By Decter, Joshua
Artforum International , Vol. 50, No. 7
On August 1, less than a month and a half before last year's occupation of Zuccotti Park in lower Manhattan, Zefrey Throwell staged the performance Ocularpation; Wall Street. At 7 am, fifty volunteers, dressed in the garb of a range of professions--from personal assistant to trader, prostitute, dog walker, janitor, and lawyer--gathered in front of the New York Stock Exchange and at other locarions on Wall Street and stripped naked for five minutes. Three performers were arrested, charged with exposure, and later bailed out by the artist. Throwell has stated that this project was triggered by his mother's loss of retirement savings during the recent economic crisis, and that his intent was to shed light on the "mysteriousness," the opacity, of the downtown financial industry by highlighting the diversity of its workforce.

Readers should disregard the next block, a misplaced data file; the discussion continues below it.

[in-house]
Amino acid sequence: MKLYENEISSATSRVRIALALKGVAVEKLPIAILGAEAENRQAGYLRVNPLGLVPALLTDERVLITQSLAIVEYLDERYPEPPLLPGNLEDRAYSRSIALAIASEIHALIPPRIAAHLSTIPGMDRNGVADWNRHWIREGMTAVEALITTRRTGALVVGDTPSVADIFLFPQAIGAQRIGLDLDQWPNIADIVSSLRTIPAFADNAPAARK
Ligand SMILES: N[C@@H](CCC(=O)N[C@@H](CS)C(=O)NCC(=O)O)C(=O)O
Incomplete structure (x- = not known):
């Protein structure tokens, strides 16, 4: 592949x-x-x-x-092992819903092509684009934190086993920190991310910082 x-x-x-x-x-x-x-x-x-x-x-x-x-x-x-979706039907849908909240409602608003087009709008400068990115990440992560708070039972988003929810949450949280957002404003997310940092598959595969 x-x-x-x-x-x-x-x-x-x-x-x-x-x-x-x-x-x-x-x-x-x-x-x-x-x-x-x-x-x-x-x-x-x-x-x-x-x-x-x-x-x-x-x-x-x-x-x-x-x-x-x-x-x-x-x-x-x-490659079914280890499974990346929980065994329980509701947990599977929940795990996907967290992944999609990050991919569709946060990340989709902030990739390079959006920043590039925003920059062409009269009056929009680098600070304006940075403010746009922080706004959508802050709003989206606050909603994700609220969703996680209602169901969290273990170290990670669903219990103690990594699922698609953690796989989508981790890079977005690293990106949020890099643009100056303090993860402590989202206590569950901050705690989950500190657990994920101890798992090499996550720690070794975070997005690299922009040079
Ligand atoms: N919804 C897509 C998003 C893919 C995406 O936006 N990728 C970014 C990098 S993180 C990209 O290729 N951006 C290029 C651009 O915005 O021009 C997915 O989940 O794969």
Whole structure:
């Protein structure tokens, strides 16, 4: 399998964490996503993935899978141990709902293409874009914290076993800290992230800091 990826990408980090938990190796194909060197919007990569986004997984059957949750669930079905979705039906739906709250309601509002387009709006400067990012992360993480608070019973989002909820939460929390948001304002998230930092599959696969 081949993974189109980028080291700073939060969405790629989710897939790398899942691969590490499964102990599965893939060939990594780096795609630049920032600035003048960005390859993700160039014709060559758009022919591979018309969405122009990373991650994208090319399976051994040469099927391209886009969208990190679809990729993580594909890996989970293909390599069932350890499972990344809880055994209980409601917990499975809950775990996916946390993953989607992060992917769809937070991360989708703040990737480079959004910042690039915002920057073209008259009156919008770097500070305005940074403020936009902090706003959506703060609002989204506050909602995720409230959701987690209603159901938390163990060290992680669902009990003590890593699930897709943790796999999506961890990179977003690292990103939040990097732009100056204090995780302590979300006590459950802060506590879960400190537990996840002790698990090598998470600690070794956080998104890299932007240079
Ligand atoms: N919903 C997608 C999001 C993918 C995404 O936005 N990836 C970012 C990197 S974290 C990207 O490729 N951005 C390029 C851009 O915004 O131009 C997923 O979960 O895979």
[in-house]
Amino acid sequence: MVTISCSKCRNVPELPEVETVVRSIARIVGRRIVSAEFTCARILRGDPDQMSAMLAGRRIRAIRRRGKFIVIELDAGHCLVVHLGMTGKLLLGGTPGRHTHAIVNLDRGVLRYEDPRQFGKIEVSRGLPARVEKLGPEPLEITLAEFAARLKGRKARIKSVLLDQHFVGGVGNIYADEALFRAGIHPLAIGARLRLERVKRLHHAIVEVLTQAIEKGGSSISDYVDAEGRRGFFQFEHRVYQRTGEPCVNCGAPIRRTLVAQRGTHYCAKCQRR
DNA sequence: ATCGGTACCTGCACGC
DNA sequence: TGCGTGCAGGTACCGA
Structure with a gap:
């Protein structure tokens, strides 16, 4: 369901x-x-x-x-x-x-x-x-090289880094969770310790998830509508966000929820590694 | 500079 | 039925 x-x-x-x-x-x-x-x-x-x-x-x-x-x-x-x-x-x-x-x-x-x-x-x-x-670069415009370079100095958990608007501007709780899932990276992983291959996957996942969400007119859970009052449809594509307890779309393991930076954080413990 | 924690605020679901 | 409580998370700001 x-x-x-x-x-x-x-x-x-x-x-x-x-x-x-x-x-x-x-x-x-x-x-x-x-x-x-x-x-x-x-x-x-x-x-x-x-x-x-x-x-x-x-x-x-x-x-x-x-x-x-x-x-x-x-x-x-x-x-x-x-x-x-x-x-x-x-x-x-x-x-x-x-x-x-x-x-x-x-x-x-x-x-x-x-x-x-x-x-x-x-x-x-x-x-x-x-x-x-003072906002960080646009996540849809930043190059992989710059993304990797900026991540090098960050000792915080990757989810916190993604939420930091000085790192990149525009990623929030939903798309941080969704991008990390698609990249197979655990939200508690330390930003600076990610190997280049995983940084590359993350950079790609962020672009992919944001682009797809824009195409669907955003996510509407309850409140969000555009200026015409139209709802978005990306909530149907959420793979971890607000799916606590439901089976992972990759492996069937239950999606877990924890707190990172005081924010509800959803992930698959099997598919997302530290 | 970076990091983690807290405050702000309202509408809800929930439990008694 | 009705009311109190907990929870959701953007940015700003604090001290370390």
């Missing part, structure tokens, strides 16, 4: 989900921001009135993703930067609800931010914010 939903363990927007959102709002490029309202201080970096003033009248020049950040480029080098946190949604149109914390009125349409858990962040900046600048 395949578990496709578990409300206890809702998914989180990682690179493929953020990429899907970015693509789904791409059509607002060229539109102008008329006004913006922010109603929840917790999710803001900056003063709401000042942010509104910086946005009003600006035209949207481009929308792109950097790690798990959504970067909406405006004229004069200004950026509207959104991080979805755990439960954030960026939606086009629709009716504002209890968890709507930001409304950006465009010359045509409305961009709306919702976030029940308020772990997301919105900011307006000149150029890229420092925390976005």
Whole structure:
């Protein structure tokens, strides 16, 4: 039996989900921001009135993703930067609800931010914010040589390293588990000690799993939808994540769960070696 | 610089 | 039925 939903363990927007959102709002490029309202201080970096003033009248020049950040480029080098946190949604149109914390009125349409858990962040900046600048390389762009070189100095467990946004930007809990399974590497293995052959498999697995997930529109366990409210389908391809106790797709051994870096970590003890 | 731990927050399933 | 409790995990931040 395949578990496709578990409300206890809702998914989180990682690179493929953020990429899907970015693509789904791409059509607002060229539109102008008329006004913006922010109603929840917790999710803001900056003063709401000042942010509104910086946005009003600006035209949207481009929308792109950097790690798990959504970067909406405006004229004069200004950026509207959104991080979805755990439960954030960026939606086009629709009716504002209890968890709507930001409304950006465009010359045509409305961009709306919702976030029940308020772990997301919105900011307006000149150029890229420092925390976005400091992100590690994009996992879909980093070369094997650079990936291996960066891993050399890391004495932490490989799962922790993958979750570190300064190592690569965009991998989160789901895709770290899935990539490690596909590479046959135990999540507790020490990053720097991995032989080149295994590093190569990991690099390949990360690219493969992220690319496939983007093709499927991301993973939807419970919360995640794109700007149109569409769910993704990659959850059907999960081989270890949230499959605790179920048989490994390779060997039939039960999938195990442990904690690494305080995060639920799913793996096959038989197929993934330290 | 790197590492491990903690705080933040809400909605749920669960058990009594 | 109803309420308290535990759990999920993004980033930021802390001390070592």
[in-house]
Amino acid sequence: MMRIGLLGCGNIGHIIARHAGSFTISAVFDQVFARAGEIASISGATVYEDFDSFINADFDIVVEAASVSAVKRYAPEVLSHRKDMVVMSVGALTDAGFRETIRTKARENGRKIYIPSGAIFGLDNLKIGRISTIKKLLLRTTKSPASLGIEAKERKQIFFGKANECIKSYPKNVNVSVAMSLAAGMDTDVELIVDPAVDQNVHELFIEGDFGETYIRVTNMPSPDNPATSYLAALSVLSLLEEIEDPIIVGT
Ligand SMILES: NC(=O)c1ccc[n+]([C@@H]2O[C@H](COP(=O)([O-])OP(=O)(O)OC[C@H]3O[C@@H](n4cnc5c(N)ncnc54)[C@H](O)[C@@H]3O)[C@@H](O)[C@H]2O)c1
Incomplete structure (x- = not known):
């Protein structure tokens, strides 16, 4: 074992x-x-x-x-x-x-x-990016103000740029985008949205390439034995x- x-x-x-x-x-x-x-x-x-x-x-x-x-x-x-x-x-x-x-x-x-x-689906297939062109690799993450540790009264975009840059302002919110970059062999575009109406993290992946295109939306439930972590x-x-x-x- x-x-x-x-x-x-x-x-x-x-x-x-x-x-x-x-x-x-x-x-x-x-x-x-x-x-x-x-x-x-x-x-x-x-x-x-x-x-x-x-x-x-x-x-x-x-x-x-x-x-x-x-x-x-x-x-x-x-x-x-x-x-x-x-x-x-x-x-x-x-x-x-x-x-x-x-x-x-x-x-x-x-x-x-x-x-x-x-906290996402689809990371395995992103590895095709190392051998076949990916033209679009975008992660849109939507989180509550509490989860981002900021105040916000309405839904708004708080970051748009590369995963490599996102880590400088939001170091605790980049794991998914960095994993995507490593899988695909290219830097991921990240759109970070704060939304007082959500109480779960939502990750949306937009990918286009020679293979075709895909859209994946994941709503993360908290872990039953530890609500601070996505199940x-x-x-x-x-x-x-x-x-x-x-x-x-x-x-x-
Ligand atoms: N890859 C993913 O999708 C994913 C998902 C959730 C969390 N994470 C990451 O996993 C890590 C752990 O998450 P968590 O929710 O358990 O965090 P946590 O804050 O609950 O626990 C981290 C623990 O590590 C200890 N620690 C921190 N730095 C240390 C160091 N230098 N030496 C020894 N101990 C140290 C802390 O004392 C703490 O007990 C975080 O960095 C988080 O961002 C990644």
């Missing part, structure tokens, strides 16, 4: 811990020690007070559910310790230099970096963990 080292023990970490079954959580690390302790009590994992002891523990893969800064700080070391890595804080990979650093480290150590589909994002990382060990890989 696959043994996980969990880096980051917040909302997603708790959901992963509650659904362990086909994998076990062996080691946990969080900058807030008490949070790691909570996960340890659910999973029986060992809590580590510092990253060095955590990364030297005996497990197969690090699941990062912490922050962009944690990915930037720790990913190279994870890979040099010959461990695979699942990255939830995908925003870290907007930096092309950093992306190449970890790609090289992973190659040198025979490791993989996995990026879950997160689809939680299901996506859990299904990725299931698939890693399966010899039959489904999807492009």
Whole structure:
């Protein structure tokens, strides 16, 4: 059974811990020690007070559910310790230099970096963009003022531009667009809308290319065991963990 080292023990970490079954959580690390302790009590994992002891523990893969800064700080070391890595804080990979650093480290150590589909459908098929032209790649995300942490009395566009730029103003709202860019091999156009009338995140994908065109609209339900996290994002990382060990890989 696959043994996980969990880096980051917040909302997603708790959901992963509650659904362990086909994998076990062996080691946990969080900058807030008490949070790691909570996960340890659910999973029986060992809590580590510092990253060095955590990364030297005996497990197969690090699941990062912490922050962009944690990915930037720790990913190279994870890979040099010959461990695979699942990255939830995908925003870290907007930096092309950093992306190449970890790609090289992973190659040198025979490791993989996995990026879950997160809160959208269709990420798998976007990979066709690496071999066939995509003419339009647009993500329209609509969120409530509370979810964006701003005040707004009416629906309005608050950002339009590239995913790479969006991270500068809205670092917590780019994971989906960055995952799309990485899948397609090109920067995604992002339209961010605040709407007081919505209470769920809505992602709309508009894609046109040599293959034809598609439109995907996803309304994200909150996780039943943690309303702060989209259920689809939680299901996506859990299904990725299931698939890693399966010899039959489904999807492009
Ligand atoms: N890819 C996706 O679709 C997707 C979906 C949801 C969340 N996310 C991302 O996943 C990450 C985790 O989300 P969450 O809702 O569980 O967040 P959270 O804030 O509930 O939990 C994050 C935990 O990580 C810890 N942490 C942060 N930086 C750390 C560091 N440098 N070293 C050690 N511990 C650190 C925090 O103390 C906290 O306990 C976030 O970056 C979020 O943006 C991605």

At Gasser Grunert, Ocularpation was presented as a video, with amateurish intercutting of still photos and live-action footage, a sanctimonious voice-over by the artist, and a trite electronic sound track that attempts (in vain) to heighten the drama. If the video were straightforward documentation, or if the performance were an investigation into the limits of the use of public space in relation to the New York Penal Law, section 245.01 (Exposure of a Person), it might have had greater resonance. Even more worrisome are the jarringly grandiose claims made by Throwell in the voice-over. He asserts--seemingly without irony--that the performance not only catalyzed Occupy Wall Street but also spawned the Occupations that subsequently emerged around rhe US and the world. Ocularpation, he states, "was the flash point for the current massive unrest in the United States; a fifty-person naked performance galvanized the American consciousness and paved the way for OWS to blossom, pollinate, and spread across the globe." The video's opening sequence features clips of Occupy Wall Street and its national and global outgrowths, and the artist intersperses the footage with quasi-revolutionary slogans such as the spark in thetinderkox, FROM WALL STREET TO ALL OF NEW YORK, FROM NEW YORK TO THE whole world. …